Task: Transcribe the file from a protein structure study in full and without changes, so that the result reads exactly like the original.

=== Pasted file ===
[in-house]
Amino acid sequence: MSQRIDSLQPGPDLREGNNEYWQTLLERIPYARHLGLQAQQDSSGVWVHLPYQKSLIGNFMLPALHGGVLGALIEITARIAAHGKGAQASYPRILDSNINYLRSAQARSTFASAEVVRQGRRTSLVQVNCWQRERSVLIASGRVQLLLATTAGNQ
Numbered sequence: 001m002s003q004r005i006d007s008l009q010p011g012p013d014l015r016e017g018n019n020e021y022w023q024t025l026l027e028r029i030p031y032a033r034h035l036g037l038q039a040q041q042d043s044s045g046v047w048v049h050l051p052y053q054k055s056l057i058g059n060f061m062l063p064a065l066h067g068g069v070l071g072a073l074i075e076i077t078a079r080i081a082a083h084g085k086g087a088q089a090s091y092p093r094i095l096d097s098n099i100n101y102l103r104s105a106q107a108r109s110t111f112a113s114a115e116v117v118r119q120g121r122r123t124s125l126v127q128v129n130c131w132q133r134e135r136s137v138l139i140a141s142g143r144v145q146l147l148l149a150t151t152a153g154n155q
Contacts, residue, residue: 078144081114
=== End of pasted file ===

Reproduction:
[in-house]
Amino acid sequence: MSQRIDSLQPGPDLREGNNEYWQTLLERIPYARHLGLQAQQDSSGVWVHLPYQKSLIGNFMLPALHGGVLGALIEITARIAAHGKGAQASYPRILDSNINYLRSAQARSTFASAEVVRQGRRTSLVQVNCWQRERSVLIASGRVQLLLATTAGNQ
Numbered sequence: 001m002s003q004r005i006d007s008l009q010p011g012p013d014l015r016e017g018n019n020e021y022w023q024t025l026l027e028r029i030p031y032a033r034h035l036g037l038q039a040q041q042d043s044s045g046v047w048v049h050l051p052y053q054k055s056l057i058g059n060f061m062l063p064a065l066h067g068g069v070l071g072a073l074i075e076i077t078a079r080i081a082a083h084g085k086g087a088q089a090s091y092p093r094i095l096d097s098n099i100n101y102l103r104s105a106q107a108r109s110t111f112a113s114a115e116v117v118r119q120g121r122r123t124s125l126v127q128v129n130c131w132q133r134e135r136s137v138l139i140a141s142g143r144v145q146l147l148l149a150t151t152a153g154n155q
Contacts, residue, residue: 078144081114